One of the most respected and influential collectors in the Brazilian art scene, José Olympio da Veiga Pereira, a chairman of the board of trustees at Pinacoteca, will also display up to 400 of his 2,000 piece-strong collection at the Instituto Tomie Ohtake in September of this year. The most ambitious of this string of shows, it will be curated by the American critic and curator Robert Storr, who has been making visits to the country to organize it. “It will be a huge exhibition, something special we planned for the bienal season,” says Ricardo Ohtake, director of the Instituto Tomie Ohtake. “Olympio is a man who’s hungry for art, he has everything and lights up when he sees a good work.”
Audiences need not wait until September to see this theme play out, however. Brasília-based collector Sérgio Carvalho has just held the second show of works from his collection in São Paulo, following one at the now defunct Paço das Artes two years ago. This year, more than 100 of his works went on display at the Centro Cultural Correios, while the national postal service-operated cultural center previously staged the same show in Rio de Janeiro and Brasília, and has now established a program to feature a private collection in its venues every year.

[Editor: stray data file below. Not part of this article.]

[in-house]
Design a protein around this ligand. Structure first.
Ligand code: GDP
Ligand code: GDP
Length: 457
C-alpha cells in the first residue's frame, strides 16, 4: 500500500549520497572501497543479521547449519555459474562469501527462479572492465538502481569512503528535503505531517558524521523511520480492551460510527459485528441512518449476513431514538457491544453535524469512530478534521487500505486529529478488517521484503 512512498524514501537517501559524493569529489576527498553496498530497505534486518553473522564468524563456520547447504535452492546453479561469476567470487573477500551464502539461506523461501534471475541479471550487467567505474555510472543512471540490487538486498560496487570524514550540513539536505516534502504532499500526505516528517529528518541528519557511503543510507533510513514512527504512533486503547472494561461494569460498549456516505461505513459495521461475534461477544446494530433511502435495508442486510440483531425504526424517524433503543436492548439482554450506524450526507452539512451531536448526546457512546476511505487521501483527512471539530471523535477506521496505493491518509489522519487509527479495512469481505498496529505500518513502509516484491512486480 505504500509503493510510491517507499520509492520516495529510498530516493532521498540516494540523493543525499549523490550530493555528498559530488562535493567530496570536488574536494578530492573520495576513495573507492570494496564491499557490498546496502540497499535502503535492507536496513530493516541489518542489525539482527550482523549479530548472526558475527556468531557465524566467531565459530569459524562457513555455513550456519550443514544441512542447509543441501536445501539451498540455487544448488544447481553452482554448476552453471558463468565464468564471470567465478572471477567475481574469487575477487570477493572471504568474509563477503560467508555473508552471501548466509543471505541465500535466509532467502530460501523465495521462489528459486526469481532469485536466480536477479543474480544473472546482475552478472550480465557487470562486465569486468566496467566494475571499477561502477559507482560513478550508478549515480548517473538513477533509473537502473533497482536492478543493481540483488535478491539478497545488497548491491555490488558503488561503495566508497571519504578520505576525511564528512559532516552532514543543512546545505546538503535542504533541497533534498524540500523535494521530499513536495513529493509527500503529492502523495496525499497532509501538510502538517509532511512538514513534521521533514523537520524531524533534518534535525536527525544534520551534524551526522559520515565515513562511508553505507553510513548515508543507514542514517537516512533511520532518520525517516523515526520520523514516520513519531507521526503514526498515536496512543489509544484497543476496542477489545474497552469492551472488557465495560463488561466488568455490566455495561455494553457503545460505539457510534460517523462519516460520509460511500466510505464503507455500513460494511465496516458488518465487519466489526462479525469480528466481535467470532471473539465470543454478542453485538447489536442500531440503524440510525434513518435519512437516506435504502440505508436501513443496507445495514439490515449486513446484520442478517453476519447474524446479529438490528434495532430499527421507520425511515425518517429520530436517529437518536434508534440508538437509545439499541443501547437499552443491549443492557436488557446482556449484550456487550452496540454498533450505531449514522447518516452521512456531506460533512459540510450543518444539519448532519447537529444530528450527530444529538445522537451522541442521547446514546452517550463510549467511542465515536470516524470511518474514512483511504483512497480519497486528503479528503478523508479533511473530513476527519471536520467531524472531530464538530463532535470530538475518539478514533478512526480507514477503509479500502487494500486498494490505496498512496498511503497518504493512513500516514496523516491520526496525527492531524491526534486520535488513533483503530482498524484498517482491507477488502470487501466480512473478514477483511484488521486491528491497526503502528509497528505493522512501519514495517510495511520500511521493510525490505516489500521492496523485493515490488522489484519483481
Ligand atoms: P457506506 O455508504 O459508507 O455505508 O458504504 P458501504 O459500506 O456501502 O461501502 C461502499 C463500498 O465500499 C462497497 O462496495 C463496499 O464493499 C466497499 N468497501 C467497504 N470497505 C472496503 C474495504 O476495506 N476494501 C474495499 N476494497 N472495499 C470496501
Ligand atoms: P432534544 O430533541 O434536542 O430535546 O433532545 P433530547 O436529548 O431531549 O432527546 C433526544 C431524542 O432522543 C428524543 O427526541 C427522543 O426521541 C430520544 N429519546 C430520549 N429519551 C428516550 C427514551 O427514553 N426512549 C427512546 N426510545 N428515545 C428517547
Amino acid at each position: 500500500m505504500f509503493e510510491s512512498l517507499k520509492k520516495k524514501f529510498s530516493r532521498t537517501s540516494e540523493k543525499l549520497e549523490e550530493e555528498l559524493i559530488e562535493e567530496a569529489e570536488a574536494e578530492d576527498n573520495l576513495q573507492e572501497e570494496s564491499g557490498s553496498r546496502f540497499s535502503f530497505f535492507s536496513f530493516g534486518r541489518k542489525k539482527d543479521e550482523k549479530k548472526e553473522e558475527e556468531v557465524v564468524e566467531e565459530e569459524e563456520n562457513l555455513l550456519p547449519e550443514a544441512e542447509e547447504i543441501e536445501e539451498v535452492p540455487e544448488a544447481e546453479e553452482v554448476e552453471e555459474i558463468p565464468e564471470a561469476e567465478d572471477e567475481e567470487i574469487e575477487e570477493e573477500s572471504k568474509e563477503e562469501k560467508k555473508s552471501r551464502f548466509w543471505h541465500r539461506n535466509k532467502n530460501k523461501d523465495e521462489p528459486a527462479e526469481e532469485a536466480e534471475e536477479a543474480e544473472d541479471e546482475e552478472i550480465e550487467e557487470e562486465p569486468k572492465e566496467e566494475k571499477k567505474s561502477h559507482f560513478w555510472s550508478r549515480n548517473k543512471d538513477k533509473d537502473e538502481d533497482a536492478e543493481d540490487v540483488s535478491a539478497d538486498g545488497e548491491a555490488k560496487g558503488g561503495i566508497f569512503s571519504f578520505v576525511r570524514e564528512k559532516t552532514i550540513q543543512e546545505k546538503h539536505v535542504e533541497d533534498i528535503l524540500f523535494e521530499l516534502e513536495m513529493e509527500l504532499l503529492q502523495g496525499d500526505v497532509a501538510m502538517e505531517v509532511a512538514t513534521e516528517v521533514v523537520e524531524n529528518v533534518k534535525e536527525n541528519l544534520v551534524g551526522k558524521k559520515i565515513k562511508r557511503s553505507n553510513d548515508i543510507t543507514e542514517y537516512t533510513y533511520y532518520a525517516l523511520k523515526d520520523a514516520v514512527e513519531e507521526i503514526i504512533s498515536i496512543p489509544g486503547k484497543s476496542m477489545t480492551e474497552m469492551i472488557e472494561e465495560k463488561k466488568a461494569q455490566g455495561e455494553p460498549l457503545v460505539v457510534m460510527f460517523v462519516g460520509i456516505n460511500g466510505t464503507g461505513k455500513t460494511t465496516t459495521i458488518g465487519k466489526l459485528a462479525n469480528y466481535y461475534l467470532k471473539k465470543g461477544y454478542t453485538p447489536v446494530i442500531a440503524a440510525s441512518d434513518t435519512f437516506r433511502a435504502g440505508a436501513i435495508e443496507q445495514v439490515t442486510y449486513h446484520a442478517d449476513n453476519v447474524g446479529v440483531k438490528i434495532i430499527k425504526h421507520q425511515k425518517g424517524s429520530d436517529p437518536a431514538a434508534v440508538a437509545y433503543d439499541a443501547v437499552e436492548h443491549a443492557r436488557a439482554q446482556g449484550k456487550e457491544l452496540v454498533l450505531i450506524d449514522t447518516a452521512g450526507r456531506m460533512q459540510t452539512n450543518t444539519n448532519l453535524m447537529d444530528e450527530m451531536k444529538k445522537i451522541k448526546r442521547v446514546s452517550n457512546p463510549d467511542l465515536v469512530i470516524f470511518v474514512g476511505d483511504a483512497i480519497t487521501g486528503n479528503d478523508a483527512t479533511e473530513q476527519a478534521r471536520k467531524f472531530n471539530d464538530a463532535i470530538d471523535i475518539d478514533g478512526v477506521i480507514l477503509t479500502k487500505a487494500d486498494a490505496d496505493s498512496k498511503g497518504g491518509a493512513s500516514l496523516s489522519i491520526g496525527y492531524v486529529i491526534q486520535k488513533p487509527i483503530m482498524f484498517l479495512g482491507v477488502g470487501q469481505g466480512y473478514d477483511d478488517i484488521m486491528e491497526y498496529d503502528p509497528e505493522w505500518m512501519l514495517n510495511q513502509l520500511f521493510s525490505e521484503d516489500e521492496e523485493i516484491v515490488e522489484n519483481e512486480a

“In a way, collectors have taken on the role of the state. We’re the ones striving to preserve our cultural memory in difficult times,” says Carvalho. “It is true that showing a private collection can be an easy way out for a museum that has to keep up its activities, but a collection cannot be impenetrable and remain locked up. This makes no sense anymore. My dream is to one day have my entire collection in a museum.”